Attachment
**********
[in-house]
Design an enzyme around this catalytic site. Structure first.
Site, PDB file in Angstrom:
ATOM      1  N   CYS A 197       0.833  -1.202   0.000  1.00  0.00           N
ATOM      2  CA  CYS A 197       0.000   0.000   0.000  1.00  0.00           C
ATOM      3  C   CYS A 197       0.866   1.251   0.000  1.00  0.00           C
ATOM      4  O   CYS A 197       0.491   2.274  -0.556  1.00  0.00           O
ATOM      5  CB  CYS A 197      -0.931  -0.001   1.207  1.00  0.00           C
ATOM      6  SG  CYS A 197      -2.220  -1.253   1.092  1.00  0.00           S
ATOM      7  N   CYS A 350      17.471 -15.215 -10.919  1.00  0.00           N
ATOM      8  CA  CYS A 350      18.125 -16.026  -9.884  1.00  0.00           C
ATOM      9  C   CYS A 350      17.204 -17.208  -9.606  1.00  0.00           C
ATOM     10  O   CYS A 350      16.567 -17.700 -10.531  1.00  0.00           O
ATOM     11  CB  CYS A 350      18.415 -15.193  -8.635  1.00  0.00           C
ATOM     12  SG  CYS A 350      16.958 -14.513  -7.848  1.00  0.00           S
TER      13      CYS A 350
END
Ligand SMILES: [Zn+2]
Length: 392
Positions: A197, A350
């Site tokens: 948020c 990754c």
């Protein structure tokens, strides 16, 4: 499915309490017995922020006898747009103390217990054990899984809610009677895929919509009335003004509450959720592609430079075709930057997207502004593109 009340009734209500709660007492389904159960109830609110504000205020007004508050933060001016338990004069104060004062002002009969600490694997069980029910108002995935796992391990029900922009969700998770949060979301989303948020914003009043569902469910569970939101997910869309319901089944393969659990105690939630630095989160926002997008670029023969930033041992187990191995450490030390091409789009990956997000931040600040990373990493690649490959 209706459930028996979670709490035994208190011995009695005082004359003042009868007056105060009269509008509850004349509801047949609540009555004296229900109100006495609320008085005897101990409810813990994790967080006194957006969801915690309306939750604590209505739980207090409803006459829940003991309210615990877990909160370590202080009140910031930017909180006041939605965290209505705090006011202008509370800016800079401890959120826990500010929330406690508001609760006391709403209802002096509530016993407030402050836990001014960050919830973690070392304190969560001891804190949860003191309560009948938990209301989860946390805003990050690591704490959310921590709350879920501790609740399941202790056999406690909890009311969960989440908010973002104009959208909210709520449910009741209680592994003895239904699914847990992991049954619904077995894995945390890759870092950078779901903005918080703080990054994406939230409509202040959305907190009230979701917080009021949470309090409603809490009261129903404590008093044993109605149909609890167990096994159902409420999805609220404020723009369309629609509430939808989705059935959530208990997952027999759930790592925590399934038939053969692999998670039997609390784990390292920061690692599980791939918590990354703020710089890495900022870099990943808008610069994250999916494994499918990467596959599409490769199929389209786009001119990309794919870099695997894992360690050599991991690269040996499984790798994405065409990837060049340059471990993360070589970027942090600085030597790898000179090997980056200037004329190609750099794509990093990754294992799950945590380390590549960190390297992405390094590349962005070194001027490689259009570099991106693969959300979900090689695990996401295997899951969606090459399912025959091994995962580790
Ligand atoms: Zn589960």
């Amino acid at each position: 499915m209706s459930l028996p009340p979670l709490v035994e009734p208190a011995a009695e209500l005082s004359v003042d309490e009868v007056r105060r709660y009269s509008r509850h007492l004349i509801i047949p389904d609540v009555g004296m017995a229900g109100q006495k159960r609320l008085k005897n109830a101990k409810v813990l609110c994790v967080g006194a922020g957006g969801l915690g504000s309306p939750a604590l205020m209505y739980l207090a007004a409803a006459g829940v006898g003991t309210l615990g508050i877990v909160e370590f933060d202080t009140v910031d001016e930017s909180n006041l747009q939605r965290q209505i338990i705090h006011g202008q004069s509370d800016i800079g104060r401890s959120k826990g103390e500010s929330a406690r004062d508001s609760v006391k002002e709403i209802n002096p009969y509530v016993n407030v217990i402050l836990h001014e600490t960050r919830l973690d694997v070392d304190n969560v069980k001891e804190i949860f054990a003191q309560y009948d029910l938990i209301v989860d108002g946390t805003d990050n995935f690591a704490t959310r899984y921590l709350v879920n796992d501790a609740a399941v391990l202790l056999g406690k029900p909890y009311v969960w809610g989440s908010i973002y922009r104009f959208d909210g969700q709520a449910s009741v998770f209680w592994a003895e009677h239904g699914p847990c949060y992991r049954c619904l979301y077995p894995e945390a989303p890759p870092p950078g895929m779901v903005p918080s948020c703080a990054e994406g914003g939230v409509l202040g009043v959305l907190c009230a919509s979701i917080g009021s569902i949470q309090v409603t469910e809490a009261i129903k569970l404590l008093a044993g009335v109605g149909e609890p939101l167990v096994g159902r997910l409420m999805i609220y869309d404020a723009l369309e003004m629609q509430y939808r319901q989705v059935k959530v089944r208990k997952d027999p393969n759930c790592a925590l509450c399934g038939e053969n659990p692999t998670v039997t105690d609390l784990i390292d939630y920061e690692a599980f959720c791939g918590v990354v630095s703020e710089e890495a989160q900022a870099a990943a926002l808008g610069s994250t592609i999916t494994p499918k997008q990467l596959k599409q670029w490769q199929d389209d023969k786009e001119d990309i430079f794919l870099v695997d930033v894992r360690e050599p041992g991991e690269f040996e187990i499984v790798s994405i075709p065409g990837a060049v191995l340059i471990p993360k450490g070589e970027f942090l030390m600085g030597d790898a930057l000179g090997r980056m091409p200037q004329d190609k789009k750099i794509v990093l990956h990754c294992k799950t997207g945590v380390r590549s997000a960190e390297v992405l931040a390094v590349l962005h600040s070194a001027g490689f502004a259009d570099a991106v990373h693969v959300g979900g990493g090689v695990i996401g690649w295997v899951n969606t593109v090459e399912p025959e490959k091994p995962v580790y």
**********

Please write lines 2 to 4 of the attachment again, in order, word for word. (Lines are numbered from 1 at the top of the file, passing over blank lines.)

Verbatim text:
Design an enzyme around this catalytic site. Structure first.
Site, PDB file in Angstrom:
ATOM      1  N   CYS A 197       0.833  -1.202   0.000  1.00  0.00           N